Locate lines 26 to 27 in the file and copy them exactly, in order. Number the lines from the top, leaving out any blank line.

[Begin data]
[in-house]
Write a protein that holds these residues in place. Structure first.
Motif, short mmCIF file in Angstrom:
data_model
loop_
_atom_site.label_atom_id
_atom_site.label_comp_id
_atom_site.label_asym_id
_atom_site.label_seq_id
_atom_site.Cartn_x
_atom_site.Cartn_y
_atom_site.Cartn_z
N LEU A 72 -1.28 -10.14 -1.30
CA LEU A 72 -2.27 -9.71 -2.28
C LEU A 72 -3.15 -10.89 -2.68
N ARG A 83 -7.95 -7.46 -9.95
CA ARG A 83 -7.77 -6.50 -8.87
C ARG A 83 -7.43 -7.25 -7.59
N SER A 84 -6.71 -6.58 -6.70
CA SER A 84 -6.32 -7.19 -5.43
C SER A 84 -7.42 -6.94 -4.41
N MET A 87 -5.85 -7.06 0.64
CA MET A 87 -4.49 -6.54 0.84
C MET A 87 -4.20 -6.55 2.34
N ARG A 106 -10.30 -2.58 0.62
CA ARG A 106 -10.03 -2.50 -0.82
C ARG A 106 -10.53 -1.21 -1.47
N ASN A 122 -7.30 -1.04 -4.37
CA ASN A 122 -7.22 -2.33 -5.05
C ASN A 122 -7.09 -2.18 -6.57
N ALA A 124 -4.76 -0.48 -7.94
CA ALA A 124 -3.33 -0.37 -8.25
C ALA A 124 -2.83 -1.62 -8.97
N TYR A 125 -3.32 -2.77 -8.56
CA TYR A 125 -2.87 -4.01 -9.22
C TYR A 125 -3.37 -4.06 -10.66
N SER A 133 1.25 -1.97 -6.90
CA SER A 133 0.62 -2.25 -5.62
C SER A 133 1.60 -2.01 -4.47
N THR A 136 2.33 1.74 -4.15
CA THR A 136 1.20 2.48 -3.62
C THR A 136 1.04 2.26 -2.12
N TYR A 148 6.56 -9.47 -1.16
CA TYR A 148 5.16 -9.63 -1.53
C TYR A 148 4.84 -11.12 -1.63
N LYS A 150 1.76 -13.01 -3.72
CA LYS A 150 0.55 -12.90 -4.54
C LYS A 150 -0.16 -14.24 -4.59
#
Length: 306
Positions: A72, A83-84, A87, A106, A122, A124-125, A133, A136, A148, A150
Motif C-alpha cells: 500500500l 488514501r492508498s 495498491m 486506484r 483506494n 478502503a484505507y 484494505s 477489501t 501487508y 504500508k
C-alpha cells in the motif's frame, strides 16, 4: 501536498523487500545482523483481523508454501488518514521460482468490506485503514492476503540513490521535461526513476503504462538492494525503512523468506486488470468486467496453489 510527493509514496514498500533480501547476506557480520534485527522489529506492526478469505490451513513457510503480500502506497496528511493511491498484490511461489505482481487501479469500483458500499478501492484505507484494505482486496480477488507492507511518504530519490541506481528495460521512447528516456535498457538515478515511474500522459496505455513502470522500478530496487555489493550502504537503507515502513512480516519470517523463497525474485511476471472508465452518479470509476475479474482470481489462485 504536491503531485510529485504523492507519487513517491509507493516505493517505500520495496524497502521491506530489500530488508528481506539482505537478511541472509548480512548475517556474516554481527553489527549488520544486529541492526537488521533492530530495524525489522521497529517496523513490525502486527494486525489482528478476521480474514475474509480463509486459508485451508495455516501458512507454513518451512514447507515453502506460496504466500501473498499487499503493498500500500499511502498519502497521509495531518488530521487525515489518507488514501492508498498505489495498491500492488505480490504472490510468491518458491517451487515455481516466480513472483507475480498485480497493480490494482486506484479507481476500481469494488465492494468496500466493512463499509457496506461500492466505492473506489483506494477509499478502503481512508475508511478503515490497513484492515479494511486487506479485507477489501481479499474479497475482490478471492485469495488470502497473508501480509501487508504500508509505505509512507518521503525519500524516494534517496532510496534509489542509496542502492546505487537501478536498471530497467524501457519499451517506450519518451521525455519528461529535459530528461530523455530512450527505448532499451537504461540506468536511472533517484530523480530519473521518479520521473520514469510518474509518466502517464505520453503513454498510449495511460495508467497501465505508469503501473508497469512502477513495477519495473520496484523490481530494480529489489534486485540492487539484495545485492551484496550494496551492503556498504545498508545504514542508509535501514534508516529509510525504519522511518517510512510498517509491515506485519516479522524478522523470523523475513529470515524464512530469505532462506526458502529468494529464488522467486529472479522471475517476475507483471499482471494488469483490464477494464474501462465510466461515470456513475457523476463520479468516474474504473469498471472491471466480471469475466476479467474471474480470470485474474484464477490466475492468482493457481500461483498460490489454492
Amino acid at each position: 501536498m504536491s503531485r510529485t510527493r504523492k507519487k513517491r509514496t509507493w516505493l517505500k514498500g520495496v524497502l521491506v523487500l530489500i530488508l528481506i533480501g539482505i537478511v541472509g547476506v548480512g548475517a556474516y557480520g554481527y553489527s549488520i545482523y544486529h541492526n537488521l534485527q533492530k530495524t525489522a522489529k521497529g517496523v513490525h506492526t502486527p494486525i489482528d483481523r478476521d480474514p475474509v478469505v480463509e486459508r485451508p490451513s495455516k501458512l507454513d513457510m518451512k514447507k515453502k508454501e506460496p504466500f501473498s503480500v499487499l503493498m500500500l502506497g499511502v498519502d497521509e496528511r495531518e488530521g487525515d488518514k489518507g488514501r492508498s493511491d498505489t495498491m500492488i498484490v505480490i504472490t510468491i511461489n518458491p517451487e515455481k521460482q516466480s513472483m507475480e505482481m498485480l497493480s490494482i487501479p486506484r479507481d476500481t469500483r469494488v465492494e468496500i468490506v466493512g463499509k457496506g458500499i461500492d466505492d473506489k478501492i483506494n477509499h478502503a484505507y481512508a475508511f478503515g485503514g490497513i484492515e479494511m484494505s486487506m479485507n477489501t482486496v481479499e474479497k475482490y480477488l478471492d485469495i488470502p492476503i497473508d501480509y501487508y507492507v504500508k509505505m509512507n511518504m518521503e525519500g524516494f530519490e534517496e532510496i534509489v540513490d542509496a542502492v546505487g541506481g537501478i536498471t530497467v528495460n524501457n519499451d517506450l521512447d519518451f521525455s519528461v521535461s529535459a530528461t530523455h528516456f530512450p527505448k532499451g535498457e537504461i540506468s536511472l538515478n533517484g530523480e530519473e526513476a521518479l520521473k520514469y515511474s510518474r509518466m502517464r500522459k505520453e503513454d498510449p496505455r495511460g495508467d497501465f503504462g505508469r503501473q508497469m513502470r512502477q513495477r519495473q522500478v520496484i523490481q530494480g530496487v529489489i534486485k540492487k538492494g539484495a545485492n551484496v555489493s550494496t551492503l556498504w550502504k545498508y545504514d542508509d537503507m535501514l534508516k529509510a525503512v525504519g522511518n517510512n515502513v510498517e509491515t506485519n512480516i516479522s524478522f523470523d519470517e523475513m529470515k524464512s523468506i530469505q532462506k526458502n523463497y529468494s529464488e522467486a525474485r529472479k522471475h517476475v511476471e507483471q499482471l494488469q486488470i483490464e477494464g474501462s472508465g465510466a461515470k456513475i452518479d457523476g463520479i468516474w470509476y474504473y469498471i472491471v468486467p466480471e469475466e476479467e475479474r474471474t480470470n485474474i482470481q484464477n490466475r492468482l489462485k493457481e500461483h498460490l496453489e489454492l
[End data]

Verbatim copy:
CA ARG A 106 -10.03 -2.50 -0.82
C ARG A 106 -10.53 -1.21 -1.47